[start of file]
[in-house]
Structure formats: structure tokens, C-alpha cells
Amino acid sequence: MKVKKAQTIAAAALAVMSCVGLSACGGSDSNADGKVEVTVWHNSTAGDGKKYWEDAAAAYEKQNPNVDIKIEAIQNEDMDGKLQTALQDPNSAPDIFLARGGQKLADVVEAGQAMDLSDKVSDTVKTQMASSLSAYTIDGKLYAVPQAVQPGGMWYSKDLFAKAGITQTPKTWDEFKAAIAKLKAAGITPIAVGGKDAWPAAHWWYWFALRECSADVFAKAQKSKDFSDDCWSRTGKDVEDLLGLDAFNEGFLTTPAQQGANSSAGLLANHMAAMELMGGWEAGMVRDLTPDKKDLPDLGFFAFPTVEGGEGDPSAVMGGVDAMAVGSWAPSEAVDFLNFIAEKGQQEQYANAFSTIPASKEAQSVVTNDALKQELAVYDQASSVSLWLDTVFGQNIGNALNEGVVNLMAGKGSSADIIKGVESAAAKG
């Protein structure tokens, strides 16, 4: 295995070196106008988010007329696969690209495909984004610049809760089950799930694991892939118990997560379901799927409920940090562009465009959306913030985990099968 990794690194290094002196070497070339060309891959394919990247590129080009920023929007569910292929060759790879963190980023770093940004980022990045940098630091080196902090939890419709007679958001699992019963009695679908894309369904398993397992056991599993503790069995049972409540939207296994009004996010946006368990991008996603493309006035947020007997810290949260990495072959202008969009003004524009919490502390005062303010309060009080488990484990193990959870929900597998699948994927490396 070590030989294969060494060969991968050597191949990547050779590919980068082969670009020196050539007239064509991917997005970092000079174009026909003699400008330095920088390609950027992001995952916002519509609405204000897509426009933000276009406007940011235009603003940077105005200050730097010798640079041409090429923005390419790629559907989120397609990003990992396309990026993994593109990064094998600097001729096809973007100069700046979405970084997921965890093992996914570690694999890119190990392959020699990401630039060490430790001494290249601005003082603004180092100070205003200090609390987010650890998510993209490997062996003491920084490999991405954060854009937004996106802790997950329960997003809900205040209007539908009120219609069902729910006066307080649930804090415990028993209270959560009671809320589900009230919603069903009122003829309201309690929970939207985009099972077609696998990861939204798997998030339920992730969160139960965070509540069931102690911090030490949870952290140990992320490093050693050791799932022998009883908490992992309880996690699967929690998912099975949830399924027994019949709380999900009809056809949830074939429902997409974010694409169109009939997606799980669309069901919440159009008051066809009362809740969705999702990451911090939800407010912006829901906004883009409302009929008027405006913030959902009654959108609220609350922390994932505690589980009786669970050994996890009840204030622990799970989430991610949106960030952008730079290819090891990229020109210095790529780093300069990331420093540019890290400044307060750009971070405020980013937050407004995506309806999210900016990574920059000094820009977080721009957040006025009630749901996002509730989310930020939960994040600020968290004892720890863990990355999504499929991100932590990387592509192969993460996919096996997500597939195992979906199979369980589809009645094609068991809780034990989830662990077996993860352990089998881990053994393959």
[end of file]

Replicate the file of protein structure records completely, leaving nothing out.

[in-house]
Structure formats: structure tokens, C-alpha cells
Amino acid sequence: MKVKKAQTIAAAALAVMSCVGLSACGGSDSNADGKVEVTVWHNSTAGDGKKYWEDAAAAYEKQNPNVDIKIEAIQNEDMDGKLQTALQDPNSAPDIFLARGGQKLADVVEAGQAMDLSDKVSDTVKTQMASSLSAYTIDGKLYAVPQAVQPGGMWYSKDLFAKAGITQTPKTWDEFKAAIAKLKAAGITPIAVGGKDAWPAAHWWYWFALRECSADVFAKAQKSKDFSDDCWSRTGKDVEDLLGLDAFNEGFLTTPAQQGANSSAGLLANHMAAMELMGGWEAGMVRDLTPDKKDLPDLGFFAFPTVEGGEGDPSAVMGGVDAMAVGSWAPSEAVDFLNFIAEKGQQEQYANAFSTIPASKEAQSVVTNDALKQELAVYDQASSVSLWLDTVFGQNIGNALNEGVVNLMAGKGSSADIIKGVESAAAKG
């Protein structure tokens, strides 16, 4: 295995070196106008988010007329696969690209495909984004610049809760089950799930694991892939118990997560379901799927409920940090562009465009959306913030985990099968 990794690194290094002196070497070339060309891959394919990247590129080009920023929007569910292929060759790879963190980023770093940004980022990045940098630091080196902090939890419709007679958001699992019963009695679908894309369904398993397992056991599993503790069995049972409540939207296994009004996010946006368990991008996603493309006035947020007997810290949260990495072959202008969009003004524009919490502390005062303010309060009080488990484990193990959870929900597998699948994927490396 070590030989294969060494060969991968050597191949990547050779590919980068082969670009020196050539007239064509991917997005970092000079174009026909003699400008330095920088390609950027992001995952916002519509609405204000897509426009933000276009406007940011235009603003940077105005200050730097010798640079041409090429923005390419790629559907989120397609990003990992396309990026993994593109990064094998600097001729096809973007100069700046979405970084997921965890093992996914570690694999890119190990392959020699990401630039060490430790001494290249601005003082603004180092100070205003200090609390987010650890998510993209490997062996003491920084490999991405954060854009937004996106802790997950329960997003809900205040209007539908009120219609069902729910006066307080649930804090415990028993209270959560009671809320589900009230919603069903009122003829309201309690929970939207985009099972077609696998990861939204798997998030339920992730969160139960965070509540069931102690911090030490949870952290140990992320490093050693050791799932022998009883908490992992309880996690699967929690998912099975949830399924027994019949709380999900009809056809949830074939429902997409974010694409169109009939997606799980669309069901919440159009008051066809009362809740969705999702990451911090939800407010912006829901906004883009409302009929008027405006913030959902009654959108609220609350922390994932505690589980009786669970050994996890009840204030622990799970989430991610949106960030952008730079290819090891990229020109210095790529780093300069990331420093540019890290400044307060750009971070405020980013937050407004995506309806999210900016990574920059000094820009977080721009957040006025009630749901996002509730989310930020939960994040600020968290004892720890863990990355999504499929991100932590990387592509192969993460996919096996997500597939195992979906199979369980589809009645094609068991809780034990989830662990077996993860352990089998881990053994393959």